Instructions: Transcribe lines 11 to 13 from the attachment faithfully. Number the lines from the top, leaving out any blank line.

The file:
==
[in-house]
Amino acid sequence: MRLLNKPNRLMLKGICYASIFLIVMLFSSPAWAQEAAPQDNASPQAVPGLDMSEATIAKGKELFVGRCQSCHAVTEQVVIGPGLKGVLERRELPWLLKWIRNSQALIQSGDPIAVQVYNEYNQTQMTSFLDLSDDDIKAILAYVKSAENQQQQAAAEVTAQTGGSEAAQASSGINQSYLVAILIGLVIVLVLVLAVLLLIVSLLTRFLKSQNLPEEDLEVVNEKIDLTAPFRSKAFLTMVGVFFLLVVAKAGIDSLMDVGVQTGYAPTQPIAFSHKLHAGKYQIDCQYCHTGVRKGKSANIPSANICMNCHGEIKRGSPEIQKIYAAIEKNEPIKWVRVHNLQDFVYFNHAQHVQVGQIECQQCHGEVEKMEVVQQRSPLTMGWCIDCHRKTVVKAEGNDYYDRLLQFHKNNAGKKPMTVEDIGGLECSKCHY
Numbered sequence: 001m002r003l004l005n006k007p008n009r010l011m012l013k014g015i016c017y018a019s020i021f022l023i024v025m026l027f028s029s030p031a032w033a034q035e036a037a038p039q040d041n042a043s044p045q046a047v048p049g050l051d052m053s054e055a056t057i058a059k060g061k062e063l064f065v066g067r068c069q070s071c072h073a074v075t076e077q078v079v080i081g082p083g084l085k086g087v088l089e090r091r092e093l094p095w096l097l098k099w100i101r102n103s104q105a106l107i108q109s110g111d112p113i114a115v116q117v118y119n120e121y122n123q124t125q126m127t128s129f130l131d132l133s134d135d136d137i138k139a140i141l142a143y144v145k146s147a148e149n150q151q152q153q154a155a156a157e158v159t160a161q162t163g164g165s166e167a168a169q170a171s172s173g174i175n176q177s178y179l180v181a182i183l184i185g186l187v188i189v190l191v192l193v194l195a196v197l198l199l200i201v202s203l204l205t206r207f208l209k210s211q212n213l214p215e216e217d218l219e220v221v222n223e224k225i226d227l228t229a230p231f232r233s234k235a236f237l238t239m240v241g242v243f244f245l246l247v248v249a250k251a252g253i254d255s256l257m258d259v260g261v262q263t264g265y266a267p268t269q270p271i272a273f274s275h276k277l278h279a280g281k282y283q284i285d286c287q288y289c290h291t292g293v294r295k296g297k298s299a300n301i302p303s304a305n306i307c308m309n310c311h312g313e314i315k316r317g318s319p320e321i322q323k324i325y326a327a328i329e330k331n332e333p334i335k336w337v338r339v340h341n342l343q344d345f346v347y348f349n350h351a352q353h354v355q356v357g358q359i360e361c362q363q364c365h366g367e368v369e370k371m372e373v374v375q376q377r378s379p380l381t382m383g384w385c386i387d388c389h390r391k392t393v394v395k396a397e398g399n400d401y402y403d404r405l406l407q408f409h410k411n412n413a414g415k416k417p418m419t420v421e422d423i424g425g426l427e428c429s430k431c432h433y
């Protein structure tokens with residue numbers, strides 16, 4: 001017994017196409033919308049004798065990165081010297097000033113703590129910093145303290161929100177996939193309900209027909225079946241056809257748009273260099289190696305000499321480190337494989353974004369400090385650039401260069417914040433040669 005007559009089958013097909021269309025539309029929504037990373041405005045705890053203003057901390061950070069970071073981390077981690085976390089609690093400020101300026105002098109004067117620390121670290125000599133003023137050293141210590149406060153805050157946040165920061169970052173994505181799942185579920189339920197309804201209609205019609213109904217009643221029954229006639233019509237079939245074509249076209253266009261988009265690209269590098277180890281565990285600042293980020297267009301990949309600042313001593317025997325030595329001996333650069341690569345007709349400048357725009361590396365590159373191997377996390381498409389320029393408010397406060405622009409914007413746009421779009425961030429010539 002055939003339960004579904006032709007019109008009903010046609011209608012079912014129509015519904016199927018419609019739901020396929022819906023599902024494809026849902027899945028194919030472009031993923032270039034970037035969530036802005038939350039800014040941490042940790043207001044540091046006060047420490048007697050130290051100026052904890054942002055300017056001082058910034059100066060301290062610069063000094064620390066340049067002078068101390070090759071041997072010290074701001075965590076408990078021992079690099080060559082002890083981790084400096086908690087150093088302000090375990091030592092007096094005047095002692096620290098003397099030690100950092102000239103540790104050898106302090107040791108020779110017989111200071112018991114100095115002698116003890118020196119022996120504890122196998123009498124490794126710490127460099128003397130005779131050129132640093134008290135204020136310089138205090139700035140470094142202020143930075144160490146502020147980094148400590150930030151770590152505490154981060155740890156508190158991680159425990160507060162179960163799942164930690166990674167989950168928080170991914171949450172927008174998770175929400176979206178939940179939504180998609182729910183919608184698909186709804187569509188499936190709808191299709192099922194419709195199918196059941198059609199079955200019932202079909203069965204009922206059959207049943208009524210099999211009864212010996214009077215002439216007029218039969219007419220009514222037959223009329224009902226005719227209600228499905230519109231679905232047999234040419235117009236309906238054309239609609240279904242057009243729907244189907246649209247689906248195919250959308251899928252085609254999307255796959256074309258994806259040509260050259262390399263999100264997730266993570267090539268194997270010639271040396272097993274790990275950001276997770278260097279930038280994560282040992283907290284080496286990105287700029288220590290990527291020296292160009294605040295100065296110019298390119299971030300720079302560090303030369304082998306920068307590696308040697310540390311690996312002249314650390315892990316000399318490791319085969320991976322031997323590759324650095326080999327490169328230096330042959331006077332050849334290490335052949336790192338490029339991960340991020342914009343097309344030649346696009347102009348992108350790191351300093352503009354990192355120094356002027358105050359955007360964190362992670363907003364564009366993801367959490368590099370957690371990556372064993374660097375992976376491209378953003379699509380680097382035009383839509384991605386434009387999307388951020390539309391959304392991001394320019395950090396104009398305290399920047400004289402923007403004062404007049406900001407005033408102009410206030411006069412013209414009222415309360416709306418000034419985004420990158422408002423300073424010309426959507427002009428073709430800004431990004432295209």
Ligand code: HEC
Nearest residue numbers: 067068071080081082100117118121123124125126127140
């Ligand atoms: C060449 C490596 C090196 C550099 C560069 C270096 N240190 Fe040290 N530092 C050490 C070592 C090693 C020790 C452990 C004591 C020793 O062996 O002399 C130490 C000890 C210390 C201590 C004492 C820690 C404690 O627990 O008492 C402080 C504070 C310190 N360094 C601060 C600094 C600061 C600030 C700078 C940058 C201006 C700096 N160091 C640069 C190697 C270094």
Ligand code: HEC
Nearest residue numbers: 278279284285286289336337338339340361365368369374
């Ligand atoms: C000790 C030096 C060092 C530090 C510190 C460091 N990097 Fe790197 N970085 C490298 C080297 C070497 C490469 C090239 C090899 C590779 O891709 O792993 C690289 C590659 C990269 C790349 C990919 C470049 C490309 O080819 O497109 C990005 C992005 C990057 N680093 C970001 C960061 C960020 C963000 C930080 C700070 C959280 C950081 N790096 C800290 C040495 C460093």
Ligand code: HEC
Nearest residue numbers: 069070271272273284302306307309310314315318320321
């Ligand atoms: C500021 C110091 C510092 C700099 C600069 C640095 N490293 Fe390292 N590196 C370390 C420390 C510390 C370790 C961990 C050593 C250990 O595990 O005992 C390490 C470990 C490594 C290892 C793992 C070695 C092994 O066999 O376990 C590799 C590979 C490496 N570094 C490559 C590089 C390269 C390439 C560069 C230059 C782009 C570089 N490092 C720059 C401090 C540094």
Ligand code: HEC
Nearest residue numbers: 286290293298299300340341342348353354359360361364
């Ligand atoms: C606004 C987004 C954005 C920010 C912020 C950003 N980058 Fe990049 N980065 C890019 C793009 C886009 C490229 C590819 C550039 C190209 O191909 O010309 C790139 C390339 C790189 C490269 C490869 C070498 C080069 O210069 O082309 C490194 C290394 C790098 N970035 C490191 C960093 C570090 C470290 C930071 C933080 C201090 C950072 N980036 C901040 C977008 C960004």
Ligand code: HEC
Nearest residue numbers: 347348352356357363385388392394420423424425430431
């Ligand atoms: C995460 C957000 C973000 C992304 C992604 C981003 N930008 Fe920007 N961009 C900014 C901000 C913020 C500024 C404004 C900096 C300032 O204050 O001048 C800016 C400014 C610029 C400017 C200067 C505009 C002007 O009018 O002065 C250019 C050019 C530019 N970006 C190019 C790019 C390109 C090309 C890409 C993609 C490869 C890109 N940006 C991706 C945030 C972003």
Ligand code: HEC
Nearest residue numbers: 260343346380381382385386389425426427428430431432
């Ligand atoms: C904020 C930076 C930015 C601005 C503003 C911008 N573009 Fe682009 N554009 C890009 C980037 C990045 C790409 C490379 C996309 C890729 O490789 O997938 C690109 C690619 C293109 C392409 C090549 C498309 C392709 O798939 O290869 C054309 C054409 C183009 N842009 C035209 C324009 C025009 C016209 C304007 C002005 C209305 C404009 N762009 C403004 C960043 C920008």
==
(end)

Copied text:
Ligand code: HEC
Nearest residue numbers: 069070271272273284302306307309310314315318320321
């Ligand atoms: C500021 C110091 C510092 C700099 C600069 C640095 N490293 Fe390292 N590196 C370390 C420390 C510390 C370790 C961990 C050593 C250990 O595990 O005992 C390490 C470990 C490594 C290892 C793992 C070695 C092994 O066999 O376990 C590799 C590979 C490496 N570094 C490559 C590089 C390269 C390439 C560069 C230059 C782009 C570089 N490092 C720059 C401090 C540094």